In previous years, I've noticed my tomatoes have root-like buds towards the base of the stem, but haven't wanted to experiment in case I wreck them.

Anybody had any experience of this? Is it worth it?

  • 2
    If you notice these before you transplant, make sure you bury them a little above the level of those buds Jun 25 '11 at 15:18

The hairs on tomato stems will turn into roots, given the right conditions (this makes taking cuttings of tomatoes extremely easy). If you let them grow along the ground, they'll root in various places where the vine touches dirt and stays reasonably moist.

As long as your compost is well aged, and won't burn the plants, there shouldn't be anything wrong with piling it up near the bases of the tomatoes. If it's not well aged, the microbes may cause some rotting, though. I generally prefer to top dress in rings around my plants, rather than pushing it up next to the stems.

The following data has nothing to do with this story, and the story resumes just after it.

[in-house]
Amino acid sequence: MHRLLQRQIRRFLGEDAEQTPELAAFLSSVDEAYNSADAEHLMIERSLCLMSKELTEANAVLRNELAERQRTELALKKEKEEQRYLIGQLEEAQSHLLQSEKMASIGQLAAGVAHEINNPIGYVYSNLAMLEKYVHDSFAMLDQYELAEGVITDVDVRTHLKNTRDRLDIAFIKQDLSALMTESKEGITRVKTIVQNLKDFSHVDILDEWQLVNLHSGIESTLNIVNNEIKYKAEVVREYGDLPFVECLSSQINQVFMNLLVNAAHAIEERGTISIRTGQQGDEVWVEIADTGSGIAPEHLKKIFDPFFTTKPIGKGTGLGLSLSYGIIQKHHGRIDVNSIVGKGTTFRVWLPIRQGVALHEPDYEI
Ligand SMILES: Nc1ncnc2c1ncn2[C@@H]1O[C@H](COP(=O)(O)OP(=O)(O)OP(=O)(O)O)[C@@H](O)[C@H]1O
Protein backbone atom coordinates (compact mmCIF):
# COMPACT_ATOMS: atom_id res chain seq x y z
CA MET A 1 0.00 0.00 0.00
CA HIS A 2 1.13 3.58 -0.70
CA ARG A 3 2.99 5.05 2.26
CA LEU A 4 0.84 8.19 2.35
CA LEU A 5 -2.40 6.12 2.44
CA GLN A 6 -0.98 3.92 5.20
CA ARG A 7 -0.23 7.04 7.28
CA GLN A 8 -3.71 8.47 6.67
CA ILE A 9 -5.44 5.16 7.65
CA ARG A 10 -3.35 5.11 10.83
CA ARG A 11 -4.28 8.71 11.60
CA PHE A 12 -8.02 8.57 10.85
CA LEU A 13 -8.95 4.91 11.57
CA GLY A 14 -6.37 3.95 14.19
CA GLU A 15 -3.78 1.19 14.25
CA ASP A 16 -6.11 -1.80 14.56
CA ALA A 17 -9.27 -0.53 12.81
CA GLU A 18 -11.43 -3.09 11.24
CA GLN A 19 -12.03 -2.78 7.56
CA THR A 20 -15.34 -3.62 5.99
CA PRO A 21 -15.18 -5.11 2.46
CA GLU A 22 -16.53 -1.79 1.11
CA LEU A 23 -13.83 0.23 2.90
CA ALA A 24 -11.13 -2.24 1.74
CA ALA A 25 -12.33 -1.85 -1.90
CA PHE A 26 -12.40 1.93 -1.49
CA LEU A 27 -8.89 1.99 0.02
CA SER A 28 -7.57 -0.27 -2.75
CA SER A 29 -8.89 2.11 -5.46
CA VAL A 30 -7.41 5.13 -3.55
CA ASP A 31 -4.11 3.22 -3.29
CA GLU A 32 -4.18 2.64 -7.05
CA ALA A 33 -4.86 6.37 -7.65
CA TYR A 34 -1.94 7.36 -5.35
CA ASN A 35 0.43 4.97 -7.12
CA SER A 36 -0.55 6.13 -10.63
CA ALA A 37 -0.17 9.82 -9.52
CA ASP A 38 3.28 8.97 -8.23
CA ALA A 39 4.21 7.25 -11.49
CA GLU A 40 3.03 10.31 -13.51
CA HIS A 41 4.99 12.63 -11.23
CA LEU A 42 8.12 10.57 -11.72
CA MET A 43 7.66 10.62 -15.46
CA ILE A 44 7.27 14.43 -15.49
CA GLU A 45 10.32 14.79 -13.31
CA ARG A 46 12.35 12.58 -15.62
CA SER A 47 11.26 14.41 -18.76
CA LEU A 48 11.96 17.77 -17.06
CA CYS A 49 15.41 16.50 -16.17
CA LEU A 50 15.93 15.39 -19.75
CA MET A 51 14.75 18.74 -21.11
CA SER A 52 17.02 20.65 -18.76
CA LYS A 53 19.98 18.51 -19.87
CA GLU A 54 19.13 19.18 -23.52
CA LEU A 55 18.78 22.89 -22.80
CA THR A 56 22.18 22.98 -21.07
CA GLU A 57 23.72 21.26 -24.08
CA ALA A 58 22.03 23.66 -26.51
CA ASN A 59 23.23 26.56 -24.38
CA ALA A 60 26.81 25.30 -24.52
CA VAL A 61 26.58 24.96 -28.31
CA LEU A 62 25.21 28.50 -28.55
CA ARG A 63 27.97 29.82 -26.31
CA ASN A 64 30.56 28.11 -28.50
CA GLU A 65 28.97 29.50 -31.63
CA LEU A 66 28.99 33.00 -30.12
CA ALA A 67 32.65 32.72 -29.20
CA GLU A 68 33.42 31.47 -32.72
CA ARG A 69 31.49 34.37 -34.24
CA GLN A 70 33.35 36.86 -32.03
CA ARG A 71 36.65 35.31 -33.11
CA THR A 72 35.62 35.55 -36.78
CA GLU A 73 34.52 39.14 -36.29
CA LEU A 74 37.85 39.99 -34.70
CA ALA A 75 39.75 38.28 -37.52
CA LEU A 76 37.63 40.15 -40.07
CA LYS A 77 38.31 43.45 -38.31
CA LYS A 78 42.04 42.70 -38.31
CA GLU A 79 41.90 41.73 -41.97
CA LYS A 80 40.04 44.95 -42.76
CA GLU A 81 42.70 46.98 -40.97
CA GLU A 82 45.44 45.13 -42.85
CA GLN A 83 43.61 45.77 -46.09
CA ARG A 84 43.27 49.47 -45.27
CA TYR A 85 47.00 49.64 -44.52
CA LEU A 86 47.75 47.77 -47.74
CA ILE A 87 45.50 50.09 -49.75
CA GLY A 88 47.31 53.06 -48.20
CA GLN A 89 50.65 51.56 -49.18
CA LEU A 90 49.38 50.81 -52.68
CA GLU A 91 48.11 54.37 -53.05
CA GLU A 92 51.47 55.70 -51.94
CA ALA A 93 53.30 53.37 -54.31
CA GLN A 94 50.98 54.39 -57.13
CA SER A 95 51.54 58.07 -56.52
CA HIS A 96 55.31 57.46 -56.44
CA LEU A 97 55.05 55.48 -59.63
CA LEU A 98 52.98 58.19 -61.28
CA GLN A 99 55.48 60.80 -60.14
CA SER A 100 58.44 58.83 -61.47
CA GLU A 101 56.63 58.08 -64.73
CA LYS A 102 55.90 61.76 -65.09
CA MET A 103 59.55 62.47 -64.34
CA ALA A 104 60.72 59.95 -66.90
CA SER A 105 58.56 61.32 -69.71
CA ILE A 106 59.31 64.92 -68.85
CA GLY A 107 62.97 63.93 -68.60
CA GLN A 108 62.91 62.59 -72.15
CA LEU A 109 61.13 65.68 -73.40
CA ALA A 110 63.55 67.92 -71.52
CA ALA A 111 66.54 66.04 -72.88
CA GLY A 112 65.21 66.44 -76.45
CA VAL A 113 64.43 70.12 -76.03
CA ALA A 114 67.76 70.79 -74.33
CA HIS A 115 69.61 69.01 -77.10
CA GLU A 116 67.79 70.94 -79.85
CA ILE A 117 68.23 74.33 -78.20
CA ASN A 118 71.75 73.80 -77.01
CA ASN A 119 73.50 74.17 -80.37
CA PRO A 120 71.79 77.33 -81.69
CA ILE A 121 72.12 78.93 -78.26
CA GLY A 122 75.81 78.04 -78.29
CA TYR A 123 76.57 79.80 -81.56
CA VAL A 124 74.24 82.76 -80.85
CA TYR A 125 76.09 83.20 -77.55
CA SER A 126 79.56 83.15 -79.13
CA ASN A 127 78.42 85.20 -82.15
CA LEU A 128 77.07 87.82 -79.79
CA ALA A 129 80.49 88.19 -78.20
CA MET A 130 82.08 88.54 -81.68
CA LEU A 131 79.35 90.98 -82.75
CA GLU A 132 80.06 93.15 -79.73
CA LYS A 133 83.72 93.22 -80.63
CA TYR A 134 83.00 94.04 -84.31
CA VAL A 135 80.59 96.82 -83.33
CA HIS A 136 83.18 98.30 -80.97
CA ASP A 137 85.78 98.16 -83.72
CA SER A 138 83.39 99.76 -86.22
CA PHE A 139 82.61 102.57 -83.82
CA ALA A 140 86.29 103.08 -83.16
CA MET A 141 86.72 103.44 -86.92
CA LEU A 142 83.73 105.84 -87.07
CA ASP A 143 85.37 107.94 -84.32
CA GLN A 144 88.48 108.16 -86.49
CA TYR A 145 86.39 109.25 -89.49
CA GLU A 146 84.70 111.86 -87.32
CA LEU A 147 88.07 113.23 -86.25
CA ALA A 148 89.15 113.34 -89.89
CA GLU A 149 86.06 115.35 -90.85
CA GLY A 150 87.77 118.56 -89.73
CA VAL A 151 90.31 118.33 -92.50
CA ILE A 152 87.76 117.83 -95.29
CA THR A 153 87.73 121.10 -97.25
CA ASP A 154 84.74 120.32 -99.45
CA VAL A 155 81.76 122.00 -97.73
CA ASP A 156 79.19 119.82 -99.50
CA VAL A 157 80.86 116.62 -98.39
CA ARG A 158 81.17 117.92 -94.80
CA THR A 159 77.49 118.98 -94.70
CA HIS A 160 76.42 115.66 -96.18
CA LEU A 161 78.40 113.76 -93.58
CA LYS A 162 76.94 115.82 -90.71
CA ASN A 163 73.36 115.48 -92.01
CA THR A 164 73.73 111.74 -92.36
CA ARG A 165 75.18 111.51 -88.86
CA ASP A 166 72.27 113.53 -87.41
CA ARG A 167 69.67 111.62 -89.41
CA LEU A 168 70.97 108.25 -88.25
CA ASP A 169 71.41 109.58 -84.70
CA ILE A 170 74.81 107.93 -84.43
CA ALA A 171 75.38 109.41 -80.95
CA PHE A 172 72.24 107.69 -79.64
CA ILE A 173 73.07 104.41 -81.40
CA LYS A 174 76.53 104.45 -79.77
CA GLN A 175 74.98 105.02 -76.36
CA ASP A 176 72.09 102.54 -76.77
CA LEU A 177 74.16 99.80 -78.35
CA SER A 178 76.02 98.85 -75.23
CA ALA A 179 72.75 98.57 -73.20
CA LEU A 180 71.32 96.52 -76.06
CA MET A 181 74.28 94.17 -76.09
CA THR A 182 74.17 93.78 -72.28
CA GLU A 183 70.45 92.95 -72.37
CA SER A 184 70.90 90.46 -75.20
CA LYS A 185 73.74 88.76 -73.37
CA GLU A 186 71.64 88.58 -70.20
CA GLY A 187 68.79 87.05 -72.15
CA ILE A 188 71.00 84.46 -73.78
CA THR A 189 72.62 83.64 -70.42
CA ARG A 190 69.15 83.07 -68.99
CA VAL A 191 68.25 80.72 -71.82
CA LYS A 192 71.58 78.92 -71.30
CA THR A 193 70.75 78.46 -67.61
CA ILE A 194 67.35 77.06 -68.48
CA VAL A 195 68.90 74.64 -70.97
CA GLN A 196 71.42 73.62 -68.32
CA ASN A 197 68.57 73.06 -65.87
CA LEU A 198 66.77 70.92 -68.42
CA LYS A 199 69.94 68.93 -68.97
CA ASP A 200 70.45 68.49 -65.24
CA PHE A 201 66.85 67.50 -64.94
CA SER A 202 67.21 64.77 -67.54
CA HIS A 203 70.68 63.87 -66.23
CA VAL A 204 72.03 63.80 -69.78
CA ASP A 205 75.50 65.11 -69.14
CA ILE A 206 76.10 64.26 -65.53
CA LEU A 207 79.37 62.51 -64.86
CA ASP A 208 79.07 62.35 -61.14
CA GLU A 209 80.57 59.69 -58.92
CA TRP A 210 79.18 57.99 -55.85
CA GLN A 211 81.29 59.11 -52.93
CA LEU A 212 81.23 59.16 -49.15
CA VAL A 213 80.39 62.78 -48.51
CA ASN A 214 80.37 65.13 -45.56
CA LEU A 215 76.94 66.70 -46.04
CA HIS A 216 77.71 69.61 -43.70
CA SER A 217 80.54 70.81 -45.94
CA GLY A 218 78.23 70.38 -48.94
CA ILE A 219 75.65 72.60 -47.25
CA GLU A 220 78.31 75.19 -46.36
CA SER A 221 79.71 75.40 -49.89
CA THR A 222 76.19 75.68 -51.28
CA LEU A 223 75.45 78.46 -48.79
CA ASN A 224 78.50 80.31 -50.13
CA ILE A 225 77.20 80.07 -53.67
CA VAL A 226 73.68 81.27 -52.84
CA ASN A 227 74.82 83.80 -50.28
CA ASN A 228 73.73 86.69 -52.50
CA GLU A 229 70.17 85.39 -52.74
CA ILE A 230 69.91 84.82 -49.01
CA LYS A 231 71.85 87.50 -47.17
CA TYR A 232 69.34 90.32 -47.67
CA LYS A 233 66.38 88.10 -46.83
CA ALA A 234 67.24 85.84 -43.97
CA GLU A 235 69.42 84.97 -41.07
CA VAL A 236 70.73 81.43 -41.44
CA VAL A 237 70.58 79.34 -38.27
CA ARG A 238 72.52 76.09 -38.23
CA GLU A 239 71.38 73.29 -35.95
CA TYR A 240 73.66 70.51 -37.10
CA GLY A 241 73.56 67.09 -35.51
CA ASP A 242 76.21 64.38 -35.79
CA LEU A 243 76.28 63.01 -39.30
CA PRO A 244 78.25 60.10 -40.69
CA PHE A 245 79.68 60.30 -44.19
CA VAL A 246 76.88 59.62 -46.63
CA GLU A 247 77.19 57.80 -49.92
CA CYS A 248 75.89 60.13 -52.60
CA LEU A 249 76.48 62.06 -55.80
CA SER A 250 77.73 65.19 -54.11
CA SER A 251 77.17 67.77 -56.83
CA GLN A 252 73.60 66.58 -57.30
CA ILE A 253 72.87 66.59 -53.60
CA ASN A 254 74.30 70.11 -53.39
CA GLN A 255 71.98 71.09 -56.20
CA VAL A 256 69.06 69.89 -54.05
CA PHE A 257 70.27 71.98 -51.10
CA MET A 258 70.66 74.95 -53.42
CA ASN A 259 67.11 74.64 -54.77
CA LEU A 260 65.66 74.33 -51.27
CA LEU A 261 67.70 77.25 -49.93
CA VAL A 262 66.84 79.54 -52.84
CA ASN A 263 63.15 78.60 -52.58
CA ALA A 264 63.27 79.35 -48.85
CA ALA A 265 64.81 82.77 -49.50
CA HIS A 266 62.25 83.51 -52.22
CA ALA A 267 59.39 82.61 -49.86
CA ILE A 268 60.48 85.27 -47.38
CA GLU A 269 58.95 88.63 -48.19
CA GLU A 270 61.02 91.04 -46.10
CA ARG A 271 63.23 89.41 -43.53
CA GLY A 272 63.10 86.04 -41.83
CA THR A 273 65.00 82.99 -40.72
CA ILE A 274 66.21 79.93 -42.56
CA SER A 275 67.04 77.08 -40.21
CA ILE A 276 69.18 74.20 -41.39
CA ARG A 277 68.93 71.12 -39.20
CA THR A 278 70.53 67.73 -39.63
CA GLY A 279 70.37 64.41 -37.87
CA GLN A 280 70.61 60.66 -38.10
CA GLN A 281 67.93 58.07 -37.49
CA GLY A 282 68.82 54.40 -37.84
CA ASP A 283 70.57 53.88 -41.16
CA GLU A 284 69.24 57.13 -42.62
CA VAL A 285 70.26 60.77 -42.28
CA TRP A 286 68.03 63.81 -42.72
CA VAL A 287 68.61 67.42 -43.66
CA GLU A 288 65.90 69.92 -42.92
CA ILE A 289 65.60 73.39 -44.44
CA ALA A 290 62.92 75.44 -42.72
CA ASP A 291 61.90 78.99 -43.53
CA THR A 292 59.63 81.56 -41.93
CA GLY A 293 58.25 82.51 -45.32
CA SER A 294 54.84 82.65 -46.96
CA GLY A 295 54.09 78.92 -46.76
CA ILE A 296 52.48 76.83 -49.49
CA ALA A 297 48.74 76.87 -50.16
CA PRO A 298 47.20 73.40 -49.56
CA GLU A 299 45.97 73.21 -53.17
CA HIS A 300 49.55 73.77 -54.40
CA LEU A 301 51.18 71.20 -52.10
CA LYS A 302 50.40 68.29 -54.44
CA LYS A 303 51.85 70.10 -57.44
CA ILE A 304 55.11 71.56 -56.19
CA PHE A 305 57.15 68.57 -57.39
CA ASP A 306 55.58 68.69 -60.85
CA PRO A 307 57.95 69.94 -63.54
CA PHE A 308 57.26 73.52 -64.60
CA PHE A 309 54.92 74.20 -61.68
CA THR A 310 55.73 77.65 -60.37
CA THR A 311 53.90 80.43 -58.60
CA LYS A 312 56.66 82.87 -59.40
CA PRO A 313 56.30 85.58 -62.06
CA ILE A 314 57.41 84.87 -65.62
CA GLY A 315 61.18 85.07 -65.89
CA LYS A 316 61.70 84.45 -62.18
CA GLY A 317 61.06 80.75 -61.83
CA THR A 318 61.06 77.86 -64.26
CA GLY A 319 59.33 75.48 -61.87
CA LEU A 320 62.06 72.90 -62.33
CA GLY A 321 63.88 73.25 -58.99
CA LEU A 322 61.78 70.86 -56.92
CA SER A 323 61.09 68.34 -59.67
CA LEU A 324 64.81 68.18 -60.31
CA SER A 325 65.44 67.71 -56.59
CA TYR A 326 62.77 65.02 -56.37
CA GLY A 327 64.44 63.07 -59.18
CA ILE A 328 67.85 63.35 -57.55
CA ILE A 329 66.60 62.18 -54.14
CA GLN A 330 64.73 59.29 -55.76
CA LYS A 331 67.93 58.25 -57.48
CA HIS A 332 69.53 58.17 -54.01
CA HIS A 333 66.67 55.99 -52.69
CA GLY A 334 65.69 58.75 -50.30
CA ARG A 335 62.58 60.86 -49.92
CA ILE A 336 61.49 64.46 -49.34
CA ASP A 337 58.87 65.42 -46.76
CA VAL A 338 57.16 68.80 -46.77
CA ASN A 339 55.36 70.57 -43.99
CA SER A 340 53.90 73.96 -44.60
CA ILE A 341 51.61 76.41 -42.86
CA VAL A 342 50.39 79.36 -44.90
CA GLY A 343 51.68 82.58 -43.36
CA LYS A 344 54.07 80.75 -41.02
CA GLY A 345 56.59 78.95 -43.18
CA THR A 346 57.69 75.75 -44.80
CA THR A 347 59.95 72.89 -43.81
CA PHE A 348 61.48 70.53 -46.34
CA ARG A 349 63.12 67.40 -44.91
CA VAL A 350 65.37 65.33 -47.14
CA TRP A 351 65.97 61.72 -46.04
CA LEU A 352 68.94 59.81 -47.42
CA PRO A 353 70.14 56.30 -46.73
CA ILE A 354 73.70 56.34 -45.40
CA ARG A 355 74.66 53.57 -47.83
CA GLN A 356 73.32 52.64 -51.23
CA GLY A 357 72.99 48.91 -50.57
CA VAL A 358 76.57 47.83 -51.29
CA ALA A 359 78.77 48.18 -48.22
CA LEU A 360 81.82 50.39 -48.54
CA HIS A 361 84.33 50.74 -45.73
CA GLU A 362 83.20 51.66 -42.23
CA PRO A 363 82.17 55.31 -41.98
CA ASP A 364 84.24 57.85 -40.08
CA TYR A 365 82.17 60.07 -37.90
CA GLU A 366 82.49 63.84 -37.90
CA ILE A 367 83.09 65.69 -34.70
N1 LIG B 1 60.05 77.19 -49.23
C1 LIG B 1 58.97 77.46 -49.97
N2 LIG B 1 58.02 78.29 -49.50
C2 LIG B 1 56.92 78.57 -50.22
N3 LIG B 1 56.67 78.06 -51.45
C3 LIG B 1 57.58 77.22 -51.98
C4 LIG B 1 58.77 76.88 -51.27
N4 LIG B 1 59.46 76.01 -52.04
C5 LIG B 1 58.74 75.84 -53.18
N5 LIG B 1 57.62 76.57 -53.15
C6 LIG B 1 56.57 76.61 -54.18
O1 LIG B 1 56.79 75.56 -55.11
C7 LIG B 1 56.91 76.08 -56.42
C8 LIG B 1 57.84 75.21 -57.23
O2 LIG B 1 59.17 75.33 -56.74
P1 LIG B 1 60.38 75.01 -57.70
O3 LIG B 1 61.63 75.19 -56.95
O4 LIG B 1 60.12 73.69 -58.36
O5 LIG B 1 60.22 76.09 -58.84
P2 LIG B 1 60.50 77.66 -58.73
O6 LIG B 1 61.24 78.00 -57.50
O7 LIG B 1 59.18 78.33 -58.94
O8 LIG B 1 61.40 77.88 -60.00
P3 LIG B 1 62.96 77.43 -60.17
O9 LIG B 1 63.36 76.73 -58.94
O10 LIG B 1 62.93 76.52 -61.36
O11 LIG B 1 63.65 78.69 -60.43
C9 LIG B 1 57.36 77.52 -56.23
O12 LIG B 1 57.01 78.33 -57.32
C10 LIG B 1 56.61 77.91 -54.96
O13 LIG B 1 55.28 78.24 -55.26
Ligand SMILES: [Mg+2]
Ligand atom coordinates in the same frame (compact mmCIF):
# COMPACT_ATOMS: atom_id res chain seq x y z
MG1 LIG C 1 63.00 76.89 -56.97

• 1
    fyi, it's not the hairs that turn to roots. They emerge from the stem.
    – J. Musser
    Oct 20 '14 at 22:11

Some gardeners intentionally mound soil against the base of a tomato plant as it grows to encourage the production of additional roots. I have done this but I have not observed any obvious benefits in terms of overall plant health or the number of tomatoes produced. Another approach is to plant the seedling in a slight depression, and then to mound the soil against the base as the plant grows.

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